Moving your business towards a recurring revenue model can be challenging when you consider your existing customer base as well as new customers you will entering into agreements with.
If you’ve traditionally sold your products or services outright, it can be difficult to navigate the pitfalls of trading ownership for experience. Managing various subscription types can be daunting: How do we transition our existing customers to a new subscription type? How do we manage various subscription types from a financial perspective without overburdening our finance team? How can we ensure accuracy?
To navigate these complexities, we explore 3 key financial areas that can streamline the process between outright ownership and subscription success.
There are so many subscription types to consider and you might have several that you need to manage: it could be based on per-unit or consumption. It could be software subscriptions or linked to a physical asset or product. It could include the provision of a service linked to mileage or hours used from equipment or facilities, provided by project resources or locations. It’s imperative that the underlying billing technology can support your subscription types. It also needs to provide the flexibility to handle a change in approach should you decide to adapt your subscription offerings over time as your business evolves.
Aligning existing customers
This is where many businesses get stuck. Typical recurring technologies can’t take “legacy” customers into account where the provision of goods or services on your existing customers aren’t aligned with your new offerings. For this reason, it’s important in your selection that existing customers’ perpetual agreements can be translated to a subscription type.
A good example includes the historic purchase of software licenses. Many companies traditionally offered software as a once-off upfront purchase with a recurring annual fee. To streamline this process of transition, you need to align this annual fee with an end-date in order to transition your customer to your new offering (with the ability to pro-rate if you’re working with a fixed start date on the new agreement). The subscription technology should be able to support this alignment of your existing customer base to prevent errors and manual intervention which can hamper your revenue efforts.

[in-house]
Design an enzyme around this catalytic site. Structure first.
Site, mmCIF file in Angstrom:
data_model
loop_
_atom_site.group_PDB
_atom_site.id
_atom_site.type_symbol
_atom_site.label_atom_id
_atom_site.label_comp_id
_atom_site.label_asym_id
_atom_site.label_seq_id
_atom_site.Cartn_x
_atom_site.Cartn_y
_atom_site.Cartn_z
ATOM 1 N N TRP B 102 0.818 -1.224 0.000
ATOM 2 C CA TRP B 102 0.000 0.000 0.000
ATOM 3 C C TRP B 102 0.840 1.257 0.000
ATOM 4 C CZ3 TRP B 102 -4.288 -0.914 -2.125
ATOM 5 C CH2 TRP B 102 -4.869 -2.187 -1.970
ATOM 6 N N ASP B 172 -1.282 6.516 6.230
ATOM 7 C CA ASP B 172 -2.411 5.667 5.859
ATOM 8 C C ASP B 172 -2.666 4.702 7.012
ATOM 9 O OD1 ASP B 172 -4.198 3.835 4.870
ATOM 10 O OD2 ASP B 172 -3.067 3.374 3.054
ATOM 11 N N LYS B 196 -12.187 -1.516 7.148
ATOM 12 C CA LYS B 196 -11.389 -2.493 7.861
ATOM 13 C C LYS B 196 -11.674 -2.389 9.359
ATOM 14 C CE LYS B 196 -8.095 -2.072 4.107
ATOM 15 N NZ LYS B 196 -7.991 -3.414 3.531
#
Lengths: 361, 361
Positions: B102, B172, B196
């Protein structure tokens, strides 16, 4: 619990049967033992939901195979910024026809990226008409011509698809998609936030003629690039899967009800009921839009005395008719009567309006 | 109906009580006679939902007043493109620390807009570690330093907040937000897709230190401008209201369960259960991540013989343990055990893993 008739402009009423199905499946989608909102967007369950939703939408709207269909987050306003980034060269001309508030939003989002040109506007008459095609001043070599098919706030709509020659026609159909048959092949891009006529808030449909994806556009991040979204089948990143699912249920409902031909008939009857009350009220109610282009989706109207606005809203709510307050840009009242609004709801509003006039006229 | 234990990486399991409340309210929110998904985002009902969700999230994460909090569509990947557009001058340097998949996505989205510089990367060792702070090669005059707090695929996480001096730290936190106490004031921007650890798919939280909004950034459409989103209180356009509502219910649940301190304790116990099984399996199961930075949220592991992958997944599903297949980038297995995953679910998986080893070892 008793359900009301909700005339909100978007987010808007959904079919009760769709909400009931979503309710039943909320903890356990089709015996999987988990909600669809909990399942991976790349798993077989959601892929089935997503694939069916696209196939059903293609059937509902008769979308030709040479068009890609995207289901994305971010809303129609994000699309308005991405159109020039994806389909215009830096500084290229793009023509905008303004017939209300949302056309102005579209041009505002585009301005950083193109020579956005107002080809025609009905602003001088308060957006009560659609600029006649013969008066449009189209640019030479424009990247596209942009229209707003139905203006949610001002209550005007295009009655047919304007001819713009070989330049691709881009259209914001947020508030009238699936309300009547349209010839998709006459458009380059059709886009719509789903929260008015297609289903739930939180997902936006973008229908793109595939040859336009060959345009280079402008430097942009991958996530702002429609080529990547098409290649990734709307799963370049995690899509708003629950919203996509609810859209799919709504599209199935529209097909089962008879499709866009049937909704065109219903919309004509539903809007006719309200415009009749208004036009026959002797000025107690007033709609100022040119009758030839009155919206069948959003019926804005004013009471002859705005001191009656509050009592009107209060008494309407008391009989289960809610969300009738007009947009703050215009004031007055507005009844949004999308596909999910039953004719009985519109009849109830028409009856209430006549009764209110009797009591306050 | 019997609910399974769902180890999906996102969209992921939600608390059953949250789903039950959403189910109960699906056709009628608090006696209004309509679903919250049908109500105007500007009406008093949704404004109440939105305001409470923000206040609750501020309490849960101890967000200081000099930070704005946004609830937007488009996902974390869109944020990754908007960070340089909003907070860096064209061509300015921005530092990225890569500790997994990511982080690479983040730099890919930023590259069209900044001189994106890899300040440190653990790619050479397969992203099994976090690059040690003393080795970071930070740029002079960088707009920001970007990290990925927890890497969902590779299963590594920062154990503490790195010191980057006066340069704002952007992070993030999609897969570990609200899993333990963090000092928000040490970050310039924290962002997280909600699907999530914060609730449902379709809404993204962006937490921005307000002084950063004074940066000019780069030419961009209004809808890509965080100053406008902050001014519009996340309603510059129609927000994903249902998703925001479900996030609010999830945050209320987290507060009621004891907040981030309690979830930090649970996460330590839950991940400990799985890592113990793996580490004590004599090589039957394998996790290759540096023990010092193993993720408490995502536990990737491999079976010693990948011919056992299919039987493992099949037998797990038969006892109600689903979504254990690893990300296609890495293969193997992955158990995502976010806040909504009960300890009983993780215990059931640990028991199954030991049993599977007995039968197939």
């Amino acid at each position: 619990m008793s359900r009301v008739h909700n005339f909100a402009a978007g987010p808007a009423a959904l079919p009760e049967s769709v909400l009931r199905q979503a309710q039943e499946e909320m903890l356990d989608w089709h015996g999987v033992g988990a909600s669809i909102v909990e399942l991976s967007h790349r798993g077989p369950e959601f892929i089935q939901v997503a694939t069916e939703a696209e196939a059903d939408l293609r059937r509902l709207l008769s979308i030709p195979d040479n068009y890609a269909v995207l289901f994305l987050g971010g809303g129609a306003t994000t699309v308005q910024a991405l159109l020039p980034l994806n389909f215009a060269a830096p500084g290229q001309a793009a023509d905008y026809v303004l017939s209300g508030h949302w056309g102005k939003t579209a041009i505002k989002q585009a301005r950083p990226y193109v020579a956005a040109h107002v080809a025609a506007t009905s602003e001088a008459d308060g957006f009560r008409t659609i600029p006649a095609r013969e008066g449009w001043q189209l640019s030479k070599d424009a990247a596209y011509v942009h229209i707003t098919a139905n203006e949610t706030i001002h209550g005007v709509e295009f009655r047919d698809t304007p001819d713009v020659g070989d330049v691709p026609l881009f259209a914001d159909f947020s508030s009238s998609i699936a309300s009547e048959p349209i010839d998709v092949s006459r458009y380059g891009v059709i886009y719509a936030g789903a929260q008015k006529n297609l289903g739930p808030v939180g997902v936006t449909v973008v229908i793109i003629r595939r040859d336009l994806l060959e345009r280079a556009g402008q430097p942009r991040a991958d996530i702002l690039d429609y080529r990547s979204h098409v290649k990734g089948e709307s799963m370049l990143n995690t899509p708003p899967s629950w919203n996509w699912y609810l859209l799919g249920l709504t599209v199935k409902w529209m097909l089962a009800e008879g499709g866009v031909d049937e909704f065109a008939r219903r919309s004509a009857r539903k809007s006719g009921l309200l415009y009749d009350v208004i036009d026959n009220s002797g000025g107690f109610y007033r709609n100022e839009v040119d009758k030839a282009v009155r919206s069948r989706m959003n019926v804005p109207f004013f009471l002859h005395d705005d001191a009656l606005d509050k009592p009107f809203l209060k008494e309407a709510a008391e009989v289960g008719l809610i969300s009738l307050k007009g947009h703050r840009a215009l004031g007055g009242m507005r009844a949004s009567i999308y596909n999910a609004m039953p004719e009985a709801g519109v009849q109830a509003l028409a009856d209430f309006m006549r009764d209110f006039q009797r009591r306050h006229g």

Billing periods is often a topic which causes many headaches. Depending on our offerings there could be a combination of calendar periods and rolling periods. Whilst calendar periods are generally easy to manage some per-unit subscription or consumption-based subscription types could require rolling periods. As the core concept of subscription models are rooted in the notion of “it never ends”, it can be really hard for businesses to transition their existing customers easily from an existing billing period (pro-rated) to a new billing period or billing period type based on the new agreement.
In order to ramp-up your subscription business, adequately planning your subscription road map provides you with the blueprint you need to define key factors that will play a large role in your success as a subscription-based business. When you consider a technology road map for your subscription model, you need to focus on customer billing, the complexities of your subscription and the related financials with your business strategy in mind.
Contact us here for a meaningful discussion about supportive technologies that drive subscription success.